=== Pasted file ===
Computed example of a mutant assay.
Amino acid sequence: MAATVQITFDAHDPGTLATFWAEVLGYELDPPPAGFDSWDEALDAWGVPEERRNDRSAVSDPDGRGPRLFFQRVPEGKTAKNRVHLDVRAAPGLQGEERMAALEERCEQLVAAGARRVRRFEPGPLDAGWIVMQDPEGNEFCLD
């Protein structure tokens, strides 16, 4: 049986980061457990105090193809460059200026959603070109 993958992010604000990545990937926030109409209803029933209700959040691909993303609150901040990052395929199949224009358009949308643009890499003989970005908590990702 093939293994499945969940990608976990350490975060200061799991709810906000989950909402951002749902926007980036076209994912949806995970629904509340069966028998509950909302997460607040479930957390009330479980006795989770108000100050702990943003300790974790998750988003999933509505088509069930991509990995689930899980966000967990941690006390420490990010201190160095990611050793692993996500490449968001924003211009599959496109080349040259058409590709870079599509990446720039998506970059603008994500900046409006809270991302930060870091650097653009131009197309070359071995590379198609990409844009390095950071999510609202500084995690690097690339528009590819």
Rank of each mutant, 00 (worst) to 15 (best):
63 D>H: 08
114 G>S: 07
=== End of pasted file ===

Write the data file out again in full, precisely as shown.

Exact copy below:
Computed example of a mutant assay.
Amino acid sequence: MAATVQITFDAHDPGTLATFWAEVLGYELDPPPAGFDSWDEALDAWGVPEERRNDRSAVSDPDGRGPRLFFQRVPEGKTAKNRVHLDVRAAPGLQGEERMAALEERCEQLVAAGARRVRRFEPGPLDAGWIVMQDPEGNEFCLD
């Protein structure tokens, strides 16, 4: 049986980061457990105090193809460059200026959603070109 993958992010604000990545990937926030109409209803029933209700959040691909993303609150901040990052395929199949224009358009949308643009890499003989970005908590990702 093939293994499945969940990608976990350490975060200061799991709810906000989950909402951002749902926007980036076209994912949806995970629904509340069966028998509950909302997460607040479930957390009330479980006795989770108000100050702990943003300790974790998750988003999933509505088509069930991509990995689930899980966000967990941690006390420490990010201190160095990611050793692993996500490449968001924003211009599959496109080349040259058409590709870079599509990446720039998506970059603008994500900046409006809270991302930060870091650097653009131009197309070359071995590379198609990409844009390095950071999510609202500084995690690097690339528009590819």
Rank of each mutant, 00 (worst) to 15 (best):
63 D>H: 08
114 G>S: 07